How the Internet of Things Will Impact Retail Sooner Than You Think

In the popular sci-fi film Minority Report, there’s a scene where the main character, played by Tom Cruise, walks through a mall and is bombarded by personalized greetings from digital billboards and holographic retail offers based on his previous purchases.

When Minority Report hit theaters in 2002, we were carrying around black and white feature phones and pagers–the Motorola Razr was still two years away from being released. If companies wanted to gather mobile data on consumers, they lacked the tools (or the network) to do so.

Thirteen years later, targeted, data-driven advertising is a reality, and personalized retail recommendations (at least online) are becoming increasingly sophisticated. Neither have really crossed over into the in-store environment.

How close are we to that vision of the near future? And is getting there worth the cost and effort?

I recently debated those questions onstage at San Francisco Design Week, where I sat on a panel focused on how retailers will use the Internet of Things to improve customer engagement both in-store and online. I was joined by panelists Matt Allred from Walmart.com, Scott Amyx from Amyx+McKinsey, Mariel Vargas from Macys.com and Kevin Weston from Float. Our moderator, Robert Burns Nixon, executive producer at the Retail Tech Summit, guided a wide-ranging discussion.

Highlights:

How do you define the Internet of Things/Internet of Everything in shopping?

The panelists had different definitions of IoT and IoE, based on their background, defining it as either:

  • A product or physical object that gives you information, knows you and reacts to you.
  • A networked device or object that gathers data or acts on data.
  • A body area network that connects to a connected home- or work environment, a wireless sensor network or wide-area ambient computing network.
  • Devices that are connected to the Internet that are either passive (data collectors) or active (they interact with the user).

What are the engagement opportunities for retailers who invest in IoT?

This was an area of some debate and disagreement, which made for entertaining discussion:

  • The Internet of Things can make things easy for consumers when it comes to shopping, such as the refrigerator telling me when it’s out of something, or that my shoes are wearing out. Many home electronics, such as televisions and home theater systems are already WiFi enabled; a WiFi-enabled refrigerator isn’t far off, from my point of view.
  • Inventory planning and returns for retailers, to improve production efficiencies and the demand-driven supply chain, allowing for just-in-time production and replenishment.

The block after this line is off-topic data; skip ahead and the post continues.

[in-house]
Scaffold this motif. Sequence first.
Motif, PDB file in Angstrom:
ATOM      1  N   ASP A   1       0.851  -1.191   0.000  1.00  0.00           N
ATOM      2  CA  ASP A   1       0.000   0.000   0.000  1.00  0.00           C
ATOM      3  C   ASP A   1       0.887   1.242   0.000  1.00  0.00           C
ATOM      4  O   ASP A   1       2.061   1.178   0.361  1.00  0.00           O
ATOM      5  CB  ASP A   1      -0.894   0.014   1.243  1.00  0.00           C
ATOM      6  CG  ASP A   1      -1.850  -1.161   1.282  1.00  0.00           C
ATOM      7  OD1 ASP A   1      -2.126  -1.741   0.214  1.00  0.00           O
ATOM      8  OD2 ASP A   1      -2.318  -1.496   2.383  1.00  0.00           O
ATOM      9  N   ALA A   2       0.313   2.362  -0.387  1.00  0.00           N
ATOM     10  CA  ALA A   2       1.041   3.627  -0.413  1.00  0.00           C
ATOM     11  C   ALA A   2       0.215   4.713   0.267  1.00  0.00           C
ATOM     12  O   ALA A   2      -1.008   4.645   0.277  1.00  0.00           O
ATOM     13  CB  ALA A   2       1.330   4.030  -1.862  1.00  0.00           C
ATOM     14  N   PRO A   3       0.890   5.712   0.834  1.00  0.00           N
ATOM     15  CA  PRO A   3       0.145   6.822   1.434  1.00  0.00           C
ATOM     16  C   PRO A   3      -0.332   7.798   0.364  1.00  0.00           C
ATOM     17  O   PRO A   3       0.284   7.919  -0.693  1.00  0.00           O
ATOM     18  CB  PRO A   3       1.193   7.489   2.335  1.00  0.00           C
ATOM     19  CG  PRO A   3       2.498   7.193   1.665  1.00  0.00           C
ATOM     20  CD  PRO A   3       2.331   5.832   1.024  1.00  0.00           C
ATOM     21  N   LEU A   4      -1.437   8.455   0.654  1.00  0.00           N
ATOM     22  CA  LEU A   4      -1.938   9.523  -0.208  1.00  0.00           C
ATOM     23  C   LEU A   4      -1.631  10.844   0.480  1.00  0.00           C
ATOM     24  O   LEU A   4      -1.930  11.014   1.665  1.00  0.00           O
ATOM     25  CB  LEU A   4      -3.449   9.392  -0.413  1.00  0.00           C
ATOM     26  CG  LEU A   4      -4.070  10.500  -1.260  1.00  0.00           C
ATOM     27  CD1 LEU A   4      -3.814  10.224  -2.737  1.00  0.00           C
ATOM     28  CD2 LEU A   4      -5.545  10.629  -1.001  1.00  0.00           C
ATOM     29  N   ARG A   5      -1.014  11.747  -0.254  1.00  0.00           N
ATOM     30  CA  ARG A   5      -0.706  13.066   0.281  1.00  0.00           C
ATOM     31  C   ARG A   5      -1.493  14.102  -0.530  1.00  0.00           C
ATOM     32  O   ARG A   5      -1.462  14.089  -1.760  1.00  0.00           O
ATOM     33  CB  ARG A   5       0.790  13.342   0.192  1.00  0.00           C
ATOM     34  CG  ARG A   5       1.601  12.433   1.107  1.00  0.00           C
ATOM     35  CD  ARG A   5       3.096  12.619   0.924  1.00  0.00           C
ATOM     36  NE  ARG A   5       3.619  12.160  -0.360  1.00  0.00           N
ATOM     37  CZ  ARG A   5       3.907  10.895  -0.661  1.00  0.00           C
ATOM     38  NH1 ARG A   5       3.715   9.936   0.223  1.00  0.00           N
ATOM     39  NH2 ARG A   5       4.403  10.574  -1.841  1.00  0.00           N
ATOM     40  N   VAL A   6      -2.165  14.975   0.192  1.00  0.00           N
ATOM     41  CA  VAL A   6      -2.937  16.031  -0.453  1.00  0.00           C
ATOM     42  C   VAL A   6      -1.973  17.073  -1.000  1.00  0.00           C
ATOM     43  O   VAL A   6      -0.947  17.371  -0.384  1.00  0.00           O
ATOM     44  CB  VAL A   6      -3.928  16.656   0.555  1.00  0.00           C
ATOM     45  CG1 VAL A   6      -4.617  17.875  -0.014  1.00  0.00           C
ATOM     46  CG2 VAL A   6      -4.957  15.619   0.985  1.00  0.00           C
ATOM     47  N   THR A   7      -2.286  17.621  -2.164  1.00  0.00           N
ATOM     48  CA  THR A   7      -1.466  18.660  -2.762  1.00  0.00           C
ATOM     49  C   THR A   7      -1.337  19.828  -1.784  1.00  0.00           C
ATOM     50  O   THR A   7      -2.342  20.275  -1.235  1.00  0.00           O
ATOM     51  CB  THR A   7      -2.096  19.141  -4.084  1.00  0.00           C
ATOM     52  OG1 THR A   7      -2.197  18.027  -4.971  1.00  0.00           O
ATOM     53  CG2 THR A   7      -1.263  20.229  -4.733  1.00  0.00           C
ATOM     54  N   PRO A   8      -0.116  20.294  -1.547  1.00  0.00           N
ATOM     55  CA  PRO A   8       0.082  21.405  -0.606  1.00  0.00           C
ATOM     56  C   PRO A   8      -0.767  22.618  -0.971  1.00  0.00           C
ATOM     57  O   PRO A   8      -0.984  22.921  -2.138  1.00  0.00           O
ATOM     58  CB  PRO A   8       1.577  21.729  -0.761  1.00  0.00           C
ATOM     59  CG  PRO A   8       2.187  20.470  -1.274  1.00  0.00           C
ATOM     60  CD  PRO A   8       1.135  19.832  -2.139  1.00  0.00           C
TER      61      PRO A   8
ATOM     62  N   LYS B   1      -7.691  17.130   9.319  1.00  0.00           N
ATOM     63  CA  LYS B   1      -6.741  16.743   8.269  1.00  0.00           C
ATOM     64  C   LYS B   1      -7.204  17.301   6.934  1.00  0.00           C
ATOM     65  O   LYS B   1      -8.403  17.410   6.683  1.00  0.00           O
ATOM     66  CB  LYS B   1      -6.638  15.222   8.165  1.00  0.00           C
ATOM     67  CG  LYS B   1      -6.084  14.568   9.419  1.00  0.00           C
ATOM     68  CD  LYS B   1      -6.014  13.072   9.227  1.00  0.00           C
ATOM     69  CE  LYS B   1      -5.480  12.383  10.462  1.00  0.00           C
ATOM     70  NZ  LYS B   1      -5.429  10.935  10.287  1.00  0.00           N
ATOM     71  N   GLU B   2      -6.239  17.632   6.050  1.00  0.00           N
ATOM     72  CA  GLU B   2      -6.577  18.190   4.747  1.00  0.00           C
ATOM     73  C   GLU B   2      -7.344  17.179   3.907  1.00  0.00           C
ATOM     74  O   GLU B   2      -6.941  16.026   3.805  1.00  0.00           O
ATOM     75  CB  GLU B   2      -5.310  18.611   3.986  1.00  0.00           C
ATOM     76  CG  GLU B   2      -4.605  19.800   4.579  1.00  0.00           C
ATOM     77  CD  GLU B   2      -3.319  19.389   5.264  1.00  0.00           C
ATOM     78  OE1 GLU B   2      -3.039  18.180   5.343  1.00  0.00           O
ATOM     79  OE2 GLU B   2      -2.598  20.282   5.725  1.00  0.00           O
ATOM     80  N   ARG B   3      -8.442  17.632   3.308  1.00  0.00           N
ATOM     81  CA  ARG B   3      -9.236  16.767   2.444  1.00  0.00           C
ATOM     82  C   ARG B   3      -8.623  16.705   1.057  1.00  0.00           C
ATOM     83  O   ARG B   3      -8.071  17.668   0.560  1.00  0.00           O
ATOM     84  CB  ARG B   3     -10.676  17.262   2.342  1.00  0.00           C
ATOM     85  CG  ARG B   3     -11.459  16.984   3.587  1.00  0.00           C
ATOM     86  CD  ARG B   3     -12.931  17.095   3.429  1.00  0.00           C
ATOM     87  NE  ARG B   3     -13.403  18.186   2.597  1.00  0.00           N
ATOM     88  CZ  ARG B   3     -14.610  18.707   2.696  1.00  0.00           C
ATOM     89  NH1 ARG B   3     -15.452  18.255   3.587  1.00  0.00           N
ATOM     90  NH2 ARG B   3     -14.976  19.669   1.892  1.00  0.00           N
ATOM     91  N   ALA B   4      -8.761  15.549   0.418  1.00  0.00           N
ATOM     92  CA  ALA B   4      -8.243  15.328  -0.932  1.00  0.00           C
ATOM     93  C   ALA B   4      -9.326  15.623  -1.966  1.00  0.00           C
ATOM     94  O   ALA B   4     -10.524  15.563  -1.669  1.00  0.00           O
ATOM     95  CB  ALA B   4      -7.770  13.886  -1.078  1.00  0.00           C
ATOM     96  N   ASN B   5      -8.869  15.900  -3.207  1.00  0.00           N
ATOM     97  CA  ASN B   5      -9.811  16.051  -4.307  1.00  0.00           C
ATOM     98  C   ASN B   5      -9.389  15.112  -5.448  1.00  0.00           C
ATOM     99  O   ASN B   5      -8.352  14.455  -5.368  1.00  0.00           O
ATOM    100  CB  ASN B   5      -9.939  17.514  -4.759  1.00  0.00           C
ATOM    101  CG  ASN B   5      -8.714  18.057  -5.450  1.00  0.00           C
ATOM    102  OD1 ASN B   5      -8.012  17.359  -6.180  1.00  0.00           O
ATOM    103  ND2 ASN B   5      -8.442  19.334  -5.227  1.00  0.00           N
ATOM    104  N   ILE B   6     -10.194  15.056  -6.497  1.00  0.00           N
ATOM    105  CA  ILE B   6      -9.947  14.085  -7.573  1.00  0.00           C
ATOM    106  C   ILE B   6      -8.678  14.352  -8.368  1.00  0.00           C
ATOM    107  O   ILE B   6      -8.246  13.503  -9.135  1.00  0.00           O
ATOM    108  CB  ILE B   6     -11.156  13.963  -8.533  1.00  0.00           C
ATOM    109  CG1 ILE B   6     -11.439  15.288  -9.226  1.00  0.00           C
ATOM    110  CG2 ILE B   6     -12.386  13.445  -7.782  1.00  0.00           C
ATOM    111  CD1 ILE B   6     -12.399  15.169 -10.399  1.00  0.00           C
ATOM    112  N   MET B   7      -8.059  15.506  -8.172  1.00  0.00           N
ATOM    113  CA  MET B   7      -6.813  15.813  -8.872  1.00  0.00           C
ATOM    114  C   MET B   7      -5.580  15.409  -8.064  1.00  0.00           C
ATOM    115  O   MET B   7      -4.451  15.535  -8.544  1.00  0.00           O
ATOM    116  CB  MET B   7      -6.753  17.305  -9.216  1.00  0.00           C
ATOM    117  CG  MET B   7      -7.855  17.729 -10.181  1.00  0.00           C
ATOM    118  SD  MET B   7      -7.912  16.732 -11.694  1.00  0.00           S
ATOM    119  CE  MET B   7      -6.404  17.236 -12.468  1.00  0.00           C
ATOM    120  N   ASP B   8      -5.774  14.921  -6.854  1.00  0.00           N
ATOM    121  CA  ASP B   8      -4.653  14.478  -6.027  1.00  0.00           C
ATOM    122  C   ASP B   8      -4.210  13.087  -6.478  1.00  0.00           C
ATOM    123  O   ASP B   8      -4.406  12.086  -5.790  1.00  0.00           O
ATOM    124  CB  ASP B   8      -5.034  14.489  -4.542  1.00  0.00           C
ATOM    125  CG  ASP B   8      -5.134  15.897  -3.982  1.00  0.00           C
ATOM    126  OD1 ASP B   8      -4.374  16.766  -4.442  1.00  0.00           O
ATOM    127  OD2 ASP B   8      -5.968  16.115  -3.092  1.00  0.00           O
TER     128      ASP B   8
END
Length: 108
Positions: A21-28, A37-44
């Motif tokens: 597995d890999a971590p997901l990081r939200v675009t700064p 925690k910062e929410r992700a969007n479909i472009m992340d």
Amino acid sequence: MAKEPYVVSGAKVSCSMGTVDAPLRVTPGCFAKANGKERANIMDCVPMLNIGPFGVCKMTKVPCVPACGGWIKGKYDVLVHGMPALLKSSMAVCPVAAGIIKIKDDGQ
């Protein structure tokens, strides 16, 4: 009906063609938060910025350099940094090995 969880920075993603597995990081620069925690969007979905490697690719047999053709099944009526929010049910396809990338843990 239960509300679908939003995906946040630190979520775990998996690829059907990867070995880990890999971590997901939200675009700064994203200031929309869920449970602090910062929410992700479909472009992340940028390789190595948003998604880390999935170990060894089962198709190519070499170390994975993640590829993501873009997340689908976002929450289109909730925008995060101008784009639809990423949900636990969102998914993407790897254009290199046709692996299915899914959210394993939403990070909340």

• Miniaturization of sensors, to the point they can be embedded into consumer products to signal to the owner and the supply chain.
  • Consumers can get personalized experiences in the store (similar to the Minority Report example) through data collected by sensors and cameras.
  • Giving retailers the ability to measure the emotional impact of store displays through social media analytics and sensor data inside the store.
  • Addressing issues such as shopping cart abandonment in the physical store–which currently can only be done through embedded sensors.

What are retailers doing to address omnichannel and IoT?

  • A simple thing retailers can do today is making sure the merchandise buyers for their online and physical stores are the same, to maintain inventory consistency and efficiency.
  • Technology investments need to be made–either through a usage-based cloud model or through traditional licensing. Due to a retailer’s high volume of transactions, both models represent a significant investment.

What are the top challenges facing retailers in this space?

  • It’s difficult and expensive to get high-end network connectivity inside a retail store.
  • It’s expensive to produce omnichannel content (digital images, video and personalized messages).
  • There’s typically an inverse relationship with complexity–the easier that a retailer makes things for a consumer, the harder and more complex those technologies are to implement.
  • While retailers have steadily made investments and progress in online shopping and the supply chain, the technology powering in-store experiences hasn’t changed much over the past 10 years.
  • Retailers cannot afford to lag behind their peers; consumers dictate the pace of how stores and shopping will change.

Ultimately, it’s about overcoming the inertia of past practices and investing in technology that drives hard metrics: revenue-per-square-foot inside stores and better data leading to higher revenue online.

I’d like to thank the Retail Tech Summit for inviting me to speak on the panel, and my fellow panelists for a spirited and educational discussion. For more thoughts on IoT and to read posts from other Avaya executives on the subject, visit http://www.avaya.com/blogs/archives/tag/iot.

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My Thank You Note for the Best Christmas Gift of All